BRUSSELS — U.S. Secretary of State John Kerry urged NATO on Tuesday to prepare for the possible use of chemical weapons by Syria on the same day that a senior Israeli military intelligence official said Syrian President Bashar Assad had used such weapons last month in his battle against insurgents.
It was the first time Israel had accused the embattled Syrian leader of using his stockpile of nonconventional weapons.
The assessment, based on visual evidence, could raise pressure on the U.S. and other Western countries to intervene in Syria. Britain and France recently announced that they had evidence that Assad's government had used chemical weapons.
President Barack Obama has warned that the use of chemical weapons by Assad would be a "game changer" and has hinted that it could draw intervention.
But White House spokesman Jay Carney said while the administration is continuing to monitor and investigate whether the Syrian regime has used chemical weapons, it has "not come to the conclusion that there has been that use."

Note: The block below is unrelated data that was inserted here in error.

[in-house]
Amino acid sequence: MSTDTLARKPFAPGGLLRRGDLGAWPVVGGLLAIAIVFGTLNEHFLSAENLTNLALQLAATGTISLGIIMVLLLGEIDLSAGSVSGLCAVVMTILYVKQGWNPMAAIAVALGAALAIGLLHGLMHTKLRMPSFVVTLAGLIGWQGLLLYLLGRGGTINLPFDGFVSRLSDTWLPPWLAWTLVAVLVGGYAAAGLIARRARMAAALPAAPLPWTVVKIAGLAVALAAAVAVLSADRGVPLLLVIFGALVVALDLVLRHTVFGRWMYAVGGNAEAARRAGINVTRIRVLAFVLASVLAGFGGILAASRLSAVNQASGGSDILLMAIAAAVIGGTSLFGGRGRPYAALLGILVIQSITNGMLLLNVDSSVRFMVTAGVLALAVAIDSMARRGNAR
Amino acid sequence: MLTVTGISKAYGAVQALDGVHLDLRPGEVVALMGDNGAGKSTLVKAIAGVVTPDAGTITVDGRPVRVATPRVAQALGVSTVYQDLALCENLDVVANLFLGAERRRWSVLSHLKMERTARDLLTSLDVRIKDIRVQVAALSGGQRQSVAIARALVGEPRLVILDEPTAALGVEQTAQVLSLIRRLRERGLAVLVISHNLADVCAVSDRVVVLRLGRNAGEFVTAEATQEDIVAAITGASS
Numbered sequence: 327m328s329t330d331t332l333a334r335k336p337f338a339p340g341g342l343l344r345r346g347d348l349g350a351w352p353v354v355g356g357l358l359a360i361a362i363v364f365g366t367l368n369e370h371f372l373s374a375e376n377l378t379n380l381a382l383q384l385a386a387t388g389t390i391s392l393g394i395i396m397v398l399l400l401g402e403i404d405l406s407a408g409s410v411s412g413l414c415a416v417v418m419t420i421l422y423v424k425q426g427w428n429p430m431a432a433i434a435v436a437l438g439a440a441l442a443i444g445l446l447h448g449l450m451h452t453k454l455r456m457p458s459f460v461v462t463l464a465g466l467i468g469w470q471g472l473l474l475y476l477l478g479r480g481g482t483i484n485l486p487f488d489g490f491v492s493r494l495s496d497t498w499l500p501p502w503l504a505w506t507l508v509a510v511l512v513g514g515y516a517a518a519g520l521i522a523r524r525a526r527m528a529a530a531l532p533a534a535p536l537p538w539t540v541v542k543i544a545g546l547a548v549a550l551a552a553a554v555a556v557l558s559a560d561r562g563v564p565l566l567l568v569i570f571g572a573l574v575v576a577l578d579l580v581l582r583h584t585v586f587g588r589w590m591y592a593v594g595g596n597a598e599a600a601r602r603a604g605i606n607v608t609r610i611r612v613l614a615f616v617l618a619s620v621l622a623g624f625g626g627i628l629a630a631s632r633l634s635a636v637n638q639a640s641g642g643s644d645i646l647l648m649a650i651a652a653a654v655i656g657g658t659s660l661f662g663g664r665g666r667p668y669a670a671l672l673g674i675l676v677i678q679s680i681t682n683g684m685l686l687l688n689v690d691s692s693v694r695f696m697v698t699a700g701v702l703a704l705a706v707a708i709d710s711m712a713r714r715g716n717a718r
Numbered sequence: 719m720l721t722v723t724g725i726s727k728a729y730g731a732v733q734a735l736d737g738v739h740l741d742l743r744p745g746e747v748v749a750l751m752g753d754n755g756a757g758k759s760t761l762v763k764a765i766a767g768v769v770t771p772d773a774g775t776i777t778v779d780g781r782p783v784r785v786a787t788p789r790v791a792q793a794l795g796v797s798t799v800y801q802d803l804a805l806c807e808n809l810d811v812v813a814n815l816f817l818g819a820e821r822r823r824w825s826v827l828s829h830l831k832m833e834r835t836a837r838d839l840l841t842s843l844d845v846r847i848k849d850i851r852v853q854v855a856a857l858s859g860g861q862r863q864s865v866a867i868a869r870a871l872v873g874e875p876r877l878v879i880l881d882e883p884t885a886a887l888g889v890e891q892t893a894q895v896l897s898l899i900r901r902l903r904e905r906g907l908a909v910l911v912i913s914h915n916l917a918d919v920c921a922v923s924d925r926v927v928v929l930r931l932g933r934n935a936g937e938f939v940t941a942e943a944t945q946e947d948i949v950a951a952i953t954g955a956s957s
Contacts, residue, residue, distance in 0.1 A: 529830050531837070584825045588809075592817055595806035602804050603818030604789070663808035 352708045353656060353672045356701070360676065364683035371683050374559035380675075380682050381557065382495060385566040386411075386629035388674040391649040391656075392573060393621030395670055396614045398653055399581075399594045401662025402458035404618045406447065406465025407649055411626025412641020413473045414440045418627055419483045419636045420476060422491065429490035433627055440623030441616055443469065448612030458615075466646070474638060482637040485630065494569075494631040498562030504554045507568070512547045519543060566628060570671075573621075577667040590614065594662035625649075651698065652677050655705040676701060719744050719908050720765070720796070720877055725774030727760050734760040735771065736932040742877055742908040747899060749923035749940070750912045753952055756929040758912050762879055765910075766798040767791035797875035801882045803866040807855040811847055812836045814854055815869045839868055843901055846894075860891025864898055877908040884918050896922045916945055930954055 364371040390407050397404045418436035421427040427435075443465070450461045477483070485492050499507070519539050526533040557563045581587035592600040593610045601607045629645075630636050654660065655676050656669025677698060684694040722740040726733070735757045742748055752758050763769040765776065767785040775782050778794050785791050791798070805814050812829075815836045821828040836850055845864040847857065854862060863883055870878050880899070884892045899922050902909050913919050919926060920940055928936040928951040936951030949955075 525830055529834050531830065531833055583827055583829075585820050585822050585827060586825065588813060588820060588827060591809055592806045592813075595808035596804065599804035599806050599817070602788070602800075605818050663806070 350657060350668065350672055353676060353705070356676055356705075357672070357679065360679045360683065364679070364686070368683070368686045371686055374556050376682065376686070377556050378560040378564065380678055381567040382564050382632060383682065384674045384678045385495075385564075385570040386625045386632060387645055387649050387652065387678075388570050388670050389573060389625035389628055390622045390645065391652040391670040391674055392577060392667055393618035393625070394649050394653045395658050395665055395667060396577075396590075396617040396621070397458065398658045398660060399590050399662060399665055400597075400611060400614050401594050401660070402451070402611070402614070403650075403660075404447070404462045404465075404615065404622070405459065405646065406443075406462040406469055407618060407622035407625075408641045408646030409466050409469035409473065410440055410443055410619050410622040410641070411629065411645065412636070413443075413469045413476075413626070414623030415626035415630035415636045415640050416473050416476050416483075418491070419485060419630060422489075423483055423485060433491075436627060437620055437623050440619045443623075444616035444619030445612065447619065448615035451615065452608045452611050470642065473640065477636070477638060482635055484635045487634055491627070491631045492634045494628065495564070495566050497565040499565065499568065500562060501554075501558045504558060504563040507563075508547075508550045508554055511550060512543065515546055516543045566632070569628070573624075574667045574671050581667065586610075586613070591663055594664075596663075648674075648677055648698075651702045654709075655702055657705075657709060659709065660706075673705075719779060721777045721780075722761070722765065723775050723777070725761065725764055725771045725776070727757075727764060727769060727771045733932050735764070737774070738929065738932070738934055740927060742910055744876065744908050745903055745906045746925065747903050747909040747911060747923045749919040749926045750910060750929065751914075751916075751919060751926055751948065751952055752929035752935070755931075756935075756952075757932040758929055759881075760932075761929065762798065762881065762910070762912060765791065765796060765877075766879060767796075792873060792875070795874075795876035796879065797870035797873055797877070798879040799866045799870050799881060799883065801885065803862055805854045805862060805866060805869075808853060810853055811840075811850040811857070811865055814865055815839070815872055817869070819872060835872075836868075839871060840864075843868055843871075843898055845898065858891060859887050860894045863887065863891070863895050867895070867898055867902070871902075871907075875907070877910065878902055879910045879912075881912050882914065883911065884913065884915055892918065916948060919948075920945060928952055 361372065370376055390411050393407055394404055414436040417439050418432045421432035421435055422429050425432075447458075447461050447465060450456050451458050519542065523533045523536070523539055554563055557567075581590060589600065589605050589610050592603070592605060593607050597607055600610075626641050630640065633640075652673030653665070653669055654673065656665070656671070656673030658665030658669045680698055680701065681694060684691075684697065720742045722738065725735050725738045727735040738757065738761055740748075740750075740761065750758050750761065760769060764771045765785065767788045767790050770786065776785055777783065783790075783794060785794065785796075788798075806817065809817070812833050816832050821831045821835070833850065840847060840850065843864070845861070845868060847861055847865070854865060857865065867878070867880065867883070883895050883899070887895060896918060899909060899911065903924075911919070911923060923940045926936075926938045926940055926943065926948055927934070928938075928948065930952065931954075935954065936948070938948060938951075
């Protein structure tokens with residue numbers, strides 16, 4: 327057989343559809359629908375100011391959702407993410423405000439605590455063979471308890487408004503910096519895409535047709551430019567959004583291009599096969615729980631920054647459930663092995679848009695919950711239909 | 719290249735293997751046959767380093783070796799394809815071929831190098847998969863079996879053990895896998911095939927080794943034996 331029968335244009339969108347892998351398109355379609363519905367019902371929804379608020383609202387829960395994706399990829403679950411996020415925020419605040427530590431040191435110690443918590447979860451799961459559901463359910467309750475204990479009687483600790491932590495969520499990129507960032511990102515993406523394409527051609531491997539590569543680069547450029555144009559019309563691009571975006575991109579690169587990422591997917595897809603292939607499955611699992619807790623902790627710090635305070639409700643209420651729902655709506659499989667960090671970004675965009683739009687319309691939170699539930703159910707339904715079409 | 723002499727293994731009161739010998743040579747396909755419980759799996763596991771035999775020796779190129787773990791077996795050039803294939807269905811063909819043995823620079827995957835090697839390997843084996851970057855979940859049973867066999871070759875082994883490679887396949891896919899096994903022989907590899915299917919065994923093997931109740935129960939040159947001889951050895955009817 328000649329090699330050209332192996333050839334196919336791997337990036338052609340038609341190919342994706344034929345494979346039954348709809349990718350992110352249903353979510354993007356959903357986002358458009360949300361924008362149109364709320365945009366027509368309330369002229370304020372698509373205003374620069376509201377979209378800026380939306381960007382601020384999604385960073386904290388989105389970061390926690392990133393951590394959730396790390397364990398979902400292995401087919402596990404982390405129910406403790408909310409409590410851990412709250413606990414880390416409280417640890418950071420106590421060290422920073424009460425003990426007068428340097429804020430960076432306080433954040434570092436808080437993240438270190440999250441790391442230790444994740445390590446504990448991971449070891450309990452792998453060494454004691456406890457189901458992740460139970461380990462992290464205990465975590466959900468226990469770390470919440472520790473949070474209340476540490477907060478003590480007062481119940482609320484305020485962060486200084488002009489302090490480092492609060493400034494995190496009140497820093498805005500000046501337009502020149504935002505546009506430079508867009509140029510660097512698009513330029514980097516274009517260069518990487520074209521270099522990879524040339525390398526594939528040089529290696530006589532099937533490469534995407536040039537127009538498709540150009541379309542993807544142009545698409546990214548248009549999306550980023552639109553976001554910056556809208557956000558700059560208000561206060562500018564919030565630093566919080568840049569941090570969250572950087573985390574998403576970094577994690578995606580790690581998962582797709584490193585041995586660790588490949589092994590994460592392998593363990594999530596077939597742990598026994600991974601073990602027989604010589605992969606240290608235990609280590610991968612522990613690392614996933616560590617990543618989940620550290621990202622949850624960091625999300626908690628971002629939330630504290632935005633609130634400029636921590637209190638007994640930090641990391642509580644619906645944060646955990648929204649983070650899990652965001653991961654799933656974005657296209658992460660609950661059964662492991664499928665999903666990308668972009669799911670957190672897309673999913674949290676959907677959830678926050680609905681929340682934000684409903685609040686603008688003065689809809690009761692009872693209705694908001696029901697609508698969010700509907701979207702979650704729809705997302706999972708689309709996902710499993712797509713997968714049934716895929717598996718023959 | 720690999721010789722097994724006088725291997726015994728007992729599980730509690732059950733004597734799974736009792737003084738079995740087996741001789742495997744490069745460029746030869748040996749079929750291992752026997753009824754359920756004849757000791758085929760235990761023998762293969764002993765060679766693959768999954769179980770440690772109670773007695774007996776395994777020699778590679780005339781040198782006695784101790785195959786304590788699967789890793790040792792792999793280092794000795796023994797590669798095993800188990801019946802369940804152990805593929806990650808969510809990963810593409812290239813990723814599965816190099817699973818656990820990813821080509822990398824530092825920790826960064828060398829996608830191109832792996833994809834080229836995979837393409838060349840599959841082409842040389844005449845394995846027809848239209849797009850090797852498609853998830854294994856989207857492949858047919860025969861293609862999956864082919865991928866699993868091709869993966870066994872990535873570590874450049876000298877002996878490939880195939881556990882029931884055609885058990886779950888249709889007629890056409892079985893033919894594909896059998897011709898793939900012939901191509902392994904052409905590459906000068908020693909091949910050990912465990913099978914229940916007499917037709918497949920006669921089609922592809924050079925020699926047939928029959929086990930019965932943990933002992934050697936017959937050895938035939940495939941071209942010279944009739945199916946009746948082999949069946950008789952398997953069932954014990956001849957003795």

"But it is something that is of great concern to us, to our partners, and obviously unacceptable as the president made clear," Carney said.
Despite the deteriorating situation, NATO officials say there is virtually no chance the alliance will intervene in the civil war. More than 70,000 people have died in the conflict, according to the United Nations. The violence also has forced more than 1 million Syrians to seek safety abroad, and more are leaving by the day, burdening neighboring countries such as Lebanon, Jordan, Turkey and Iraq.
On Tuesday, Brig. Gen. Itai Brun, the head of research and analysis in Israeli military intelligence, told a security conference in Tel Aviv that Assad had used chemical weapons multiple times.
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